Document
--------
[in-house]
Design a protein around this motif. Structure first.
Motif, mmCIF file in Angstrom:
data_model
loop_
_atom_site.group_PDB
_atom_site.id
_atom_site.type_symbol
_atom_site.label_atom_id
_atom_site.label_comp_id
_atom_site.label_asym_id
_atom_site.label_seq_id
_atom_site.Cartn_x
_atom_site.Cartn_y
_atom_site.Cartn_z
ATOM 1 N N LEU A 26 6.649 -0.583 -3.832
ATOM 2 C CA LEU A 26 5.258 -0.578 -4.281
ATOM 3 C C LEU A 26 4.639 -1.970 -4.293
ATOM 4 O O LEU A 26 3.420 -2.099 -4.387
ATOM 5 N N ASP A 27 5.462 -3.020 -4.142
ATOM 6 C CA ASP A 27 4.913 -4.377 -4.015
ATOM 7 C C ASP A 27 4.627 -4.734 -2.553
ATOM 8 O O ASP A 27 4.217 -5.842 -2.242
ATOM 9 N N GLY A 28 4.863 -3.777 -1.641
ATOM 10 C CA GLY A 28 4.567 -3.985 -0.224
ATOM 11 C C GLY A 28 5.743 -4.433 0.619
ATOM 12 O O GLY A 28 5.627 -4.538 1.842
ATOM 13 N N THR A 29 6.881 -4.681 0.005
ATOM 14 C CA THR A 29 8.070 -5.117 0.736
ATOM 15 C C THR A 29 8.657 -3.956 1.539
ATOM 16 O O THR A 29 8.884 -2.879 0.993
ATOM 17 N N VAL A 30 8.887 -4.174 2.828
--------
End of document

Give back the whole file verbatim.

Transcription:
[in-house]
Design a protein around this motif. Structure first.
Motif, mmCIF file in Angstrom:
data_model
loop_
_atom_site.group_PDB
_atom_site.id
_atom_site.type_symbol
_atom_site.label_atom_id
_atom_site.label_comp_id
_atom_site.label_asym_id
_atom_site.label_seq_id
_atom_site.Cartn_x
_atom_site.Cartn_y
_atom_site.Cartn_z
ATOM 1 N N LEU A 26 6.649 -0.583 -3.832
ATOM 2 C CA LEU A 26 5.258 -0.578 -4.281
ATOM 3 C C LEU A 26 4.639 -1.970 -4.293
ATOM 4 O O LEU A 26 3.420 -2.099 -4.387
ATOM 5 N N ASP A 27 5.462 -3.020 -4.142
ATOM 6 C CA ASP A 27 4.913 -4.377 -4.015
ATOM 7 C C ASP A 27 4.627 -4.734 -2.553
ATOM 8 O O ASP A 27 4.217 -5.842 -2.242
ATOM 9 N N GLY A 28 4.863 -3.777 -1.641
ATOM 10 C CA GLY A 28 4.567 -3.985 -0.224
ATOM 11 C C GLY A 28 5.743 -4.433 0.619
ATOM 12 O O GLY A 28 5.627 -4.538 1.842
ATOM 13 N N THR A 29 6.881 -4.681 0.005
ATOM 14 C CA THR A 29 8.070 -5.117 0.736
ATOM 15 C C THR A 29 8.657 -3.956 1.539
ATOM 16 O O THR A 29 8.884 -2.879 0.993
ATOM 17 N N VAL A 30 8.887 -4.174 2.828